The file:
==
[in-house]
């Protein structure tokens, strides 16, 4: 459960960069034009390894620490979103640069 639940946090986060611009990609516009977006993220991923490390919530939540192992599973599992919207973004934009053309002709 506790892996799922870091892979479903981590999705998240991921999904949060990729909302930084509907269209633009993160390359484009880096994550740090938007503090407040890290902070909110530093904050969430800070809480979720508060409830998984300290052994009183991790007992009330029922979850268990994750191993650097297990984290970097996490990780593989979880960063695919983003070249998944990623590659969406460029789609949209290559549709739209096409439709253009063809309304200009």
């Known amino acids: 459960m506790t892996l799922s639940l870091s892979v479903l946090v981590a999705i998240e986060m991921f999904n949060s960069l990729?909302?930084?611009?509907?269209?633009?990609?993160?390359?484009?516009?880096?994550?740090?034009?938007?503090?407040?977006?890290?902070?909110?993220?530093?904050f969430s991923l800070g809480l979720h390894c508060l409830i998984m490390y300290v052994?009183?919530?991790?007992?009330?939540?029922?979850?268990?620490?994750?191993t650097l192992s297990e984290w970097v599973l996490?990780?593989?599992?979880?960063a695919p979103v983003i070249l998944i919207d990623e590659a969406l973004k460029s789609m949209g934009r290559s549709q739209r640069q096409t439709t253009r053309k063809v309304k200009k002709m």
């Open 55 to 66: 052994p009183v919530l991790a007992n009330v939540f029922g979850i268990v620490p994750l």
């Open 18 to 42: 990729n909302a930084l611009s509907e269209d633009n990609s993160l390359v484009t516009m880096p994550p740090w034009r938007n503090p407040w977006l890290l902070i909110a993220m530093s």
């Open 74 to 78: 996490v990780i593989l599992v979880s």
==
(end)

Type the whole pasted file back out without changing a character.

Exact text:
[in-house]
């Protein structure tokens, strides 16, 4: 459960960069034009390894620490979103640069 639940946090986060611009990609516009977006993220991923490390919530939540192992599973599992919207973004934009053309002709 506790892996799922870091892979479903981590999705998240991921999904949060990729909302930084509907269209633009993160390359484009880096994550740090938007503090407040890290902070909110530093904050969430800070809480979720508060409830998984300290052994009183991790007992009330029922979850268990994750191993650097297990984290970097996490990780593989979880960063695919983003070249998944990623590659969406460029789609949209290559549709739209096409439709253009063809309304200009």
């Known amino acids: 459960m506790t892996l799922s639940l870091s892979v479903l946090v981590a999705i998240e986060m991921f999904n949060s960069l990729?909302?930084?611009?509907?269209?633009?990609?993160?390359?484009?516009?880096?994550?740090?034009?938007?503090?407040?977006?890290?902070?909110?993220?530093?904050f969430s991923l800070g809480l979720h390894c508060l409830i998984m490390y300290v052994?009183?919530?991790?007992?009330?939540?029922?979850?268990?620490?994750?191993t650097l192992s297990e984290w970097v599973l996490?990780?593989?599992?979880?960063a695919p979103v983003i070249l998944i919207d990623e590659a969406l973004k460029s789609m949209g934009r290559s549709q739209r640069q096409t439709t253009r053309k063809v309304k200009k002709m």
């Open 55 to 66: 052994p009183v919530l991790a007992n009330v939540f029922g979850i268990v620490p994750l």
């Open 18 to 42: 990729n909302a930084l611009s509907e269209d633009n990609s993160l390359v484009t516009m880096p994550p740090w034009r938007n503090p407040w977006l890290l902070i909110a993220m530093s």
């Open 74 to 78: 996490v990780i593989l599992v979880s």